‘The greatest event since the Resurrection’
Some medieval views of the crusades
in The Debate on the Crusades
Abstract only
Log-in for full text

You are not authenticated to view the full text of this chapter or article.

manchesterhive requires a subscription or purchase to access the full text of books or journals - to see content that you/your institution should have access to, please log in through your library system or with your personal username and password.

If you are authenticated and think you should have access to this title, please contact your librarian.

Non-subscribers can freely search the site, view abstracts/extracts and download selected front and end matter. 

Institutions can purchase access to individual titles; please contact manchesterhive@manchester.ac.uk for pricing options.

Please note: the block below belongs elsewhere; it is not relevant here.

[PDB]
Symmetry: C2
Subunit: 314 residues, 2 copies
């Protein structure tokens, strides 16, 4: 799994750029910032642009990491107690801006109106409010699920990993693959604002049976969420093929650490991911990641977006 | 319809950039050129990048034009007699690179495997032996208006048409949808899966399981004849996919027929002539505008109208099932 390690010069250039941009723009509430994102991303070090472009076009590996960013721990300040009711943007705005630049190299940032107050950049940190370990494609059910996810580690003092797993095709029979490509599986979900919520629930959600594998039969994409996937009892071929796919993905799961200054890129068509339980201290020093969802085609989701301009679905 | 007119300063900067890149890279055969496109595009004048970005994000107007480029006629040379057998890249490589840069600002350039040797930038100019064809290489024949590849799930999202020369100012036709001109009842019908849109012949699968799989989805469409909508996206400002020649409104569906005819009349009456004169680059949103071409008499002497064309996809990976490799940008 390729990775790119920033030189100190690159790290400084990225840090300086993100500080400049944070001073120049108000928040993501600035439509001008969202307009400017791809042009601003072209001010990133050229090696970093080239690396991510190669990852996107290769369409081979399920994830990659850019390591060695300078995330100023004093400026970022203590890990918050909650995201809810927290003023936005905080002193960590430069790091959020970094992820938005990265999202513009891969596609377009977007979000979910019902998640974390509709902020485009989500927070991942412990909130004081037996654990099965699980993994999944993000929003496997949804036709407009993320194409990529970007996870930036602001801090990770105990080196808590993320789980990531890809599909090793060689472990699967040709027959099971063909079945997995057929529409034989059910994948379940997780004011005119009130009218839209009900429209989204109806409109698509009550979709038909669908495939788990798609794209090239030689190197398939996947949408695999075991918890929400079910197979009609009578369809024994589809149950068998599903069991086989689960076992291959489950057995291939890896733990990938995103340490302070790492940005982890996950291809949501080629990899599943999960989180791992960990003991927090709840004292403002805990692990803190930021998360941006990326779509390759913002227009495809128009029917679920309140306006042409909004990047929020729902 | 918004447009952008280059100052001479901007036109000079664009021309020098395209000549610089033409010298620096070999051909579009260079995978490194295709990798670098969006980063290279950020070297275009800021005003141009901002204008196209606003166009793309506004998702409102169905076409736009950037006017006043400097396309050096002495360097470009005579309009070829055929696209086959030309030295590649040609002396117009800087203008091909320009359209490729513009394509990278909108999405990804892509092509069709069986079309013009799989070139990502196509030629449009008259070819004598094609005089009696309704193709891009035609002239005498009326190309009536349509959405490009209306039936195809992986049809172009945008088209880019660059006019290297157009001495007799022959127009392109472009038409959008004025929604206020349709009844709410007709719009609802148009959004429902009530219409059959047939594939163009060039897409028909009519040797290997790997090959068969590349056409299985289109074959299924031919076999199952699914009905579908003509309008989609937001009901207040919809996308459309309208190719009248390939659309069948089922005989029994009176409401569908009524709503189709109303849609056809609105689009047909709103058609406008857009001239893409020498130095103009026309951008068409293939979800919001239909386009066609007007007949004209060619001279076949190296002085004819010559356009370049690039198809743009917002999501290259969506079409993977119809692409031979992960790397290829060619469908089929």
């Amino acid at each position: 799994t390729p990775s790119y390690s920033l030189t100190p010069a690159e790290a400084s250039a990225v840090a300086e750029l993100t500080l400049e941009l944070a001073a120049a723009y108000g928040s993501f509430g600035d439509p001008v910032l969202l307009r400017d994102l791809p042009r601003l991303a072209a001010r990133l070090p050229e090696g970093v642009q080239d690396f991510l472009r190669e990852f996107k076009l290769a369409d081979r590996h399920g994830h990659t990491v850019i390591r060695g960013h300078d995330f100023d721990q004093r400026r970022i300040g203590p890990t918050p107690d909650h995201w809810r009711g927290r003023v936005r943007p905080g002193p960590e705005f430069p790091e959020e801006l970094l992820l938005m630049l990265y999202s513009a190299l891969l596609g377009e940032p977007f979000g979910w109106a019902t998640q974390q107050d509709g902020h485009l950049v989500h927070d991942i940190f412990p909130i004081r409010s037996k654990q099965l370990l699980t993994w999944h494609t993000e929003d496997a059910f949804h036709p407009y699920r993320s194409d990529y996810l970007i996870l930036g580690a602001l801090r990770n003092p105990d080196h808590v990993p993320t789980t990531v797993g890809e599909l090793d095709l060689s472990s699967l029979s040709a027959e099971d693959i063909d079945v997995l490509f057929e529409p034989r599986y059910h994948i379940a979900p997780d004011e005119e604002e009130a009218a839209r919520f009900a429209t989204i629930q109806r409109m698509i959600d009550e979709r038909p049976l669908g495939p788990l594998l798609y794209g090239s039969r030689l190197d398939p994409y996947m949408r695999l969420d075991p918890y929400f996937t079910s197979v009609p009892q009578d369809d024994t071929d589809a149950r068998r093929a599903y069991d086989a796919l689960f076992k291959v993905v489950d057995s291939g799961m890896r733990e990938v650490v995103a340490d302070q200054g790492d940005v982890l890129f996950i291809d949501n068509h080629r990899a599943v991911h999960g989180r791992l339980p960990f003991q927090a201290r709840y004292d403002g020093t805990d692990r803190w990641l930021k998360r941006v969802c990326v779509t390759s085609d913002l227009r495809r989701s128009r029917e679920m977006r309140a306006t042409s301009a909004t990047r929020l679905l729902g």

If you have an access token for this content, you can redeem this via the link below:

Redeem token

The earliest accounts of the First Crusade adopted a tone of advocacy, a register that never entirely left medieval, and some modern descriptions of crusading. William of Tyre's Historia was the first scholarly crusade history to combine research in earlier chronicles and, contemporary commentary with a considered academic reflection on both. William's image of the charismatic Peter the Hermit suited the emphasis on apostolic poverty, evangelism to the laity and moral rearmament characteristic of the polemics of crusading's second century. Throughout the process of retelling the story of the First Crusade, Latin/clerical invention and interpretive tropes readily cross-pollinated with vernacular literature. The use of the crusade and its history, by humanists and other contemporary writers, occupied a world of polemic, serving parochial religious, cultural and political functions. The fusion of crusade and pilgrimage was rapid.


All Time Past Year Past 30 Days
Abstract Views 69 27 1
Full Text Views 49 26 0
PDF Downloads 35 18 4